"Despite intense and often heated argument to the contrary, a “perfect” sword really doesn’t exist. Swords develop to suit the environment and user. It cannot be seriously disputed that the primary purpose of a dha is as a weapon. Some hints as to how these swords were used can be found by looking closely at construction and design. The peoples of continental Southeast Asia did not, historically, have to contend with heavy armor or thick, dense textile clothing. As a result, dha are generally light weapons with short spike tangs and a center of balance located close to the handle. A design well suited to cuts against unprotected flesh. Notable exceptions do exist, including some large, massive examples that probably filled niches occupied by cavalry sabers and short pole arms in other cultures. To the casual observer, most swords in the category would appear to favor single hand techniques with an emphasis on slashing and “draw” cuts. This is particularly true of the “Shan” and Thai style weapons. The swords used by some Kachin and “Montagnard” tribesmen are often heavier and seem better suited to a chopping technique.

    Real-world data is important when discussing sword use, as the tendency to draw conclusions based solely on speculation is all too tempting. Accordingly, the authors tested a wide array of dha, including antique examples of most known forms, contemporary examples from Thailand and custom swords made with the finest of modern materials and techniques. The test sample numbered approximately thirty sword-length weapons and, while the sample size tested was small and the tester largely inexperienced, some useful information was realized.

    Test cutting with a variety of different cutting media (including foam pool “noodles”, rolled beach mats, water-filled plastic bottles and rolled newspaper) yielded impressive but largely expected results. All forms of the sword, antique, contemporary and custom alike, cut all media well. The Kachin and Montagnard variants were, indeed, better suited than their Shan and Thai counterparts to a chopping technique, but cut surprisingly well with a slash or draw-cut. The informal tests revealed that the dha is well suited for its intended purpose: cutting.

    One of the pre-test concerns was the stability of the handle/blade junction. With the exception of some truly old swords with deteriorated pitch fixation material, even poor technique did not cause any remarkable failure. The few full-tang swords tested included both peened and threaded pommel examples, and this feature appeared to contribute more to weapon balance than cutting ability. Further in this regard, most dha favored single-hand techniques, despite the frequent occurrence of lengthy handles. Held close to the blade, the long handles on most examples provided an excellent counter-balance to the blade, making for a fast “feeling” weapon. Notable exceptions were encountered, and the longer Shan and Thai swords welcomed two-handed use. Similarly, some of the Montagnard swords had handles equal or longer than the blade, and these were unwieldy if not used with two hands, similar to a short pole-arm.

    That the dha has long seen dual use as a weapon and tool is unsurprising. Many of the tribesmen indigenous to the region carry dha as a general sidearm and tool used to satisfy a variety of cutting needs. For instance, members of the various Kachin (Jinghpaw) tribes are unlikely to be seen without a “hunting” sword at their side, often decorated with tiger teeth or sections of tiger jaw to illustrate their hunting abilities. Diran (1997) During World War II, Kachin tribesmen were recruited by the allies to defend the “Burma Road”. The British found the local weapons particularly suited to the environment and, for a short time, issued military-grade dha for use by some British troops, much as the U.S. and other forces employed machetes. "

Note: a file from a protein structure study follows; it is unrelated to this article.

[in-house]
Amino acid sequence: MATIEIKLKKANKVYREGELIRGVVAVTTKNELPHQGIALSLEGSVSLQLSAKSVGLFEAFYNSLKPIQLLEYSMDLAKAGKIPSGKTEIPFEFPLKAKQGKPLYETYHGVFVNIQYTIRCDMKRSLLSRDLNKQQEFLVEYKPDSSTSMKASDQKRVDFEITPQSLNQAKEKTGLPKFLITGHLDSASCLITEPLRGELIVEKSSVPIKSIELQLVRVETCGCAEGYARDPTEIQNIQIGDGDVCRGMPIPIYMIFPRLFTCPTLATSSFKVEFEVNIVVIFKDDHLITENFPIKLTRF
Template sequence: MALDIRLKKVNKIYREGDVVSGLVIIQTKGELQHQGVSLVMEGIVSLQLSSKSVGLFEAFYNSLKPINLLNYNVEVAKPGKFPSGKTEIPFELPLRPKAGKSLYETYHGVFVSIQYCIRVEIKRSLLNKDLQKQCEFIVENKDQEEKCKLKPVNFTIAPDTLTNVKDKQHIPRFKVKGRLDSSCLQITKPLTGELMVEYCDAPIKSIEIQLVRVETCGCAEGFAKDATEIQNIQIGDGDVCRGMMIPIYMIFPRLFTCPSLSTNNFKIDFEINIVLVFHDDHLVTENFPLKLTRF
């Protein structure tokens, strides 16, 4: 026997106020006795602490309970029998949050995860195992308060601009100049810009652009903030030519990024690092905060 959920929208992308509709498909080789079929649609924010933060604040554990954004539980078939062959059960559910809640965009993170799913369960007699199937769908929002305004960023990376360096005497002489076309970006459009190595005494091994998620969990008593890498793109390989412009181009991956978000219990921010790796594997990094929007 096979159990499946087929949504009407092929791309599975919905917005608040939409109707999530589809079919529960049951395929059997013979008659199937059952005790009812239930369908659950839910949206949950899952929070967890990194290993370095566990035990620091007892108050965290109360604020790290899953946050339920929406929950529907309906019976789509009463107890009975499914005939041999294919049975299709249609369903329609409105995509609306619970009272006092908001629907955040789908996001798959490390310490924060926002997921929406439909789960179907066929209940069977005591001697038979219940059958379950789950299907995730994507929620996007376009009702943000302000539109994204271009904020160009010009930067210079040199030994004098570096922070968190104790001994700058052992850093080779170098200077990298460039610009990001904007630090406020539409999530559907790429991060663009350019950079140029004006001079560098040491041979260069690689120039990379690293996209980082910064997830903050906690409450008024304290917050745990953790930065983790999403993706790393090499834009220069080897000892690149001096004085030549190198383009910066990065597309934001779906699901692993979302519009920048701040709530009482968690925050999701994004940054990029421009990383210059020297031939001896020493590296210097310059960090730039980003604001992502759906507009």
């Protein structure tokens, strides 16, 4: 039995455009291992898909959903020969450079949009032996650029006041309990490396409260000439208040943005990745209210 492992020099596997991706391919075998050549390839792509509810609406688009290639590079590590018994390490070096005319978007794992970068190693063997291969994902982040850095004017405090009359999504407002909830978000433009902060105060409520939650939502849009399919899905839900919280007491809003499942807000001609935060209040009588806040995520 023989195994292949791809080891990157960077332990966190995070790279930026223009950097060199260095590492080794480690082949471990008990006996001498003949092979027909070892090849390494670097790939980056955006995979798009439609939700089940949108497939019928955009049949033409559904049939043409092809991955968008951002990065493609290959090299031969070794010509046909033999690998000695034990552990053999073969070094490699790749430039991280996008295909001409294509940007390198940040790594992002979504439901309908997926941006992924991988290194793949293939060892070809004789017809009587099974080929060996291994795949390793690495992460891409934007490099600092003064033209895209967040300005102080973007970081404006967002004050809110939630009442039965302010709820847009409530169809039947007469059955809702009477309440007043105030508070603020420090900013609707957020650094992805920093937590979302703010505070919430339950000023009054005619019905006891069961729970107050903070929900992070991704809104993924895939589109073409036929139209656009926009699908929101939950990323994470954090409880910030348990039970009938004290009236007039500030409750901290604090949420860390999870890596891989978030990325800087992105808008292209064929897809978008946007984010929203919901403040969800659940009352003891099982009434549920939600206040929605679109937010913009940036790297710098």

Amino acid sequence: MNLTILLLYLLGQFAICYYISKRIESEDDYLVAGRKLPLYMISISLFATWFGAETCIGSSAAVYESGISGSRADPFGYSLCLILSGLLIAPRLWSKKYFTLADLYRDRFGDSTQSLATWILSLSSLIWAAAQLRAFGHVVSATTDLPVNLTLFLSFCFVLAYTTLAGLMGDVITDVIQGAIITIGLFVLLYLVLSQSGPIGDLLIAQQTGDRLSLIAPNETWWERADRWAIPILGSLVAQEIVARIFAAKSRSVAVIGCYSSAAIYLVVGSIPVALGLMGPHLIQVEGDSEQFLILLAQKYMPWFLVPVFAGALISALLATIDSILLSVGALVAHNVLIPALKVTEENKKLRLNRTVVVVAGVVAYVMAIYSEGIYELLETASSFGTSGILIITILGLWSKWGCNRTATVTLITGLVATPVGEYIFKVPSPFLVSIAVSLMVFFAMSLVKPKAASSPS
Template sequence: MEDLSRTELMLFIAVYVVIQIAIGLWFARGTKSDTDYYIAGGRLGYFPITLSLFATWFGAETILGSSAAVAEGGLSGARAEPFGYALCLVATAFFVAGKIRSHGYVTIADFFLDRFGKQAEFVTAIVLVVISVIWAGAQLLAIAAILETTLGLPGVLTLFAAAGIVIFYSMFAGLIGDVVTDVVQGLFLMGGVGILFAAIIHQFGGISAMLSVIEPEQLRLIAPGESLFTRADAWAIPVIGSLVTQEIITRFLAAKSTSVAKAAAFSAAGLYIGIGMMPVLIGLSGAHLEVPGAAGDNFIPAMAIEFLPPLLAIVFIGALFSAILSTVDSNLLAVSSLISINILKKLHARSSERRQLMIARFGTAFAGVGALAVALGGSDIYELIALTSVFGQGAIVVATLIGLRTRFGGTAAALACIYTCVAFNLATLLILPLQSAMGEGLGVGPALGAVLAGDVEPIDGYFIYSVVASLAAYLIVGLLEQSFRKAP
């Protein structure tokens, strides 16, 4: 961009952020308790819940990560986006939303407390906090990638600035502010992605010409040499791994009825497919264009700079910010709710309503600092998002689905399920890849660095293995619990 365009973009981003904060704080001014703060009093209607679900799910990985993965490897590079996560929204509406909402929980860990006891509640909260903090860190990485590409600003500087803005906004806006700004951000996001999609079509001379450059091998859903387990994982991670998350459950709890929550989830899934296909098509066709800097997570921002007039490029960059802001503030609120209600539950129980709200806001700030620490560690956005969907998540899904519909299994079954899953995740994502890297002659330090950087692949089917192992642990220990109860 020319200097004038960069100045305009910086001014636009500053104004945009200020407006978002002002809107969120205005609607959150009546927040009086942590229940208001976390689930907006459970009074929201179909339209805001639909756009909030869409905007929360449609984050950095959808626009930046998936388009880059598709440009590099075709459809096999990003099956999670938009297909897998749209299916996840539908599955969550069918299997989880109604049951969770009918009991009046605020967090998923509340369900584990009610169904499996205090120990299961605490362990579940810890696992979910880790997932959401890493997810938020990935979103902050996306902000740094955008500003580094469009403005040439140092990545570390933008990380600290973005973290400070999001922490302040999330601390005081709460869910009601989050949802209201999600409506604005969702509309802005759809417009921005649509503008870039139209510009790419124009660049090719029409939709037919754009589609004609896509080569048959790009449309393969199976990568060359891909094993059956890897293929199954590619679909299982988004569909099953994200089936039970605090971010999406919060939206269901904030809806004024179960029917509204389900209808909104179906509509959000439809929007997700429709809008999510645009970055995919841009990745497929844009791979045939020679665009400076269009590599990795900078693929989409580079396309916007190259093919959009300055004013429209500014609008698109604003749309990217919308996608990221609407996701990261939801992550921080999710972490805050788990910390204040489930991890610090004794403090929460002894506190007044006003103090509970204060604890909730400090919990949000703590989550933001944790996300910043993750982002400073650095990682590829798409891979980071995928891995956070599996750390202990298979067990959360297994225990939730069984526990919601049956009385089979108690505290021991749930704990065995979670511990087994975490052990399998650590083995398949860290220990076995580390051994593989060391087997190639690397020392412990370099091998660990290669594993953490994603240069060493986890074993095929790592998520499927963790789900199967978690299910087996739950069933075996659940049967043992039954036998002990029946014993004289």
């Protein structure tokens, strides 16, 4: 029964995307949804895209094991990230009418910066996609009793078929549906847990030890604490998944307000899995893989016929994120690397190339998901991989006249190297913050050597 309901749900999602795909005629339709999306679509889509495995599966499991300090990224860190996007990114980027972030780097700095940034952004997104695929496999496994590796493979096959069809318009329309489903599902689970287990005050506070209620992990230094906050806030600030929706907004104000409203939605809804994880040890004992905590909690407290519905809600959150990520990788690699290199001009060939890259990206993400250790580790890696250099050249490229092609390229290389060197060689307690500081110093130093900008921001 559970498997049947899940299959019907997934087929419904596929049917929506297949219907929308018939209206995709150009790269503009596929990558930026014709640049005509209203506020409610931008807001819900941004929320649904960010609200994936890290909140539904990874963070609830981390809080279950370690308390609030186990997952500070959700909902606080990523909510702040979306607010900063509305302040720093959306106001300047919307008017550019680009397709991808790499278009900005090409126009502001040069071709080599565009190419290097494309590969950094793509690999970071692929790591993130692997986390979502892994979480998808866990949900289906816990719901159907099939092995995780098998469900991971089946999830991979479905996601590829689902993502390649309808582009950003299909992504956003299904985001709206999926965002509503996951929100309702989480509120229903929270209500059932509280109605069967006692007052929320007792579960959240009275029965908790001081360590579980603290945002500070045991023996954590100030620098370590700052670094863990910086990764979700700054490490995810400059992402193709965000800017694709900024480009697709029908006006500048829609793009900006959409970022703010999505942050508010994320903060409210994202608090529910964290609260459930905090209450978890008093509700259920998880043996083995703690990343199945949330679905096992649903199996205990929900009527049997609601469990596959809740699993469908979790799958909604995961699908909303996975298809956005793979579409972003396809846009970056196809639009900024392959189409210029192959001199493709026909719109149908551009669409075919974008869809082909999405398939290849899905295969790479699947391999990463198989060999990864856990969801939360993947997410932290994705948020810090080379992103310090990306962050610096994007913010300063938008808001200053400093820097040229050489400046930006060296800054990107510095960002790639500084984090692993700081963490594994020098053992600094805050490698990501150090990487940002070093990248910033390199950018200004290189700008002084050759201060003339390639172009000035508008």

Hope this helps

    Please feel free to PM/ email or post if further questions.

    Nathaniel

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    ....bump

  12. #12

    burmese dha

    hi i'm selling a burmese dha early 19th c

    Nicely worked Hilt and Sheath of mamas (an alloy of silver and brass)

    The blade displays silver figures of royalty receiving tribute, interspursed with Burmese writing (Pali)

    Beautiful authentic sword to add to a collection.

    $600 ono.

  13. #13

    burmese dha

    pics
    Attached Images Attached Images     

  14. #14
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    Lance, thanks for sharing your own Burmese sword....I would suggest starting your own thread...you will have more views then.

    The sword I have for sale, has a very good blade, the inlaid and handle are simple. The blade is longer than the typical sword. It has a nice fuller. To me the blade is the highlight...this sword is not your newer tourist piece, but has a solid functional construction as well as decorative features....reasonable price for a piece that is complete and in original condition.

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    Reasonable offers will be entertained

  17. #17
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    $425 Bump

  18. #18

    The Burmese sword.

    I could offer you $250.00 but that is all.

  19. #19
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    Jim, it's a little better form to contact via PM or email with your offer. I said reasonable offers...$250 might be more reasonable for a simple sword rattan wrapped scabbard & handle and plain blade. Since no one seems genuinely interested, I've decided to take this one off the classifieds along with the others. I'm don't need the cash, but yet I'm not going to sell them for less than I paid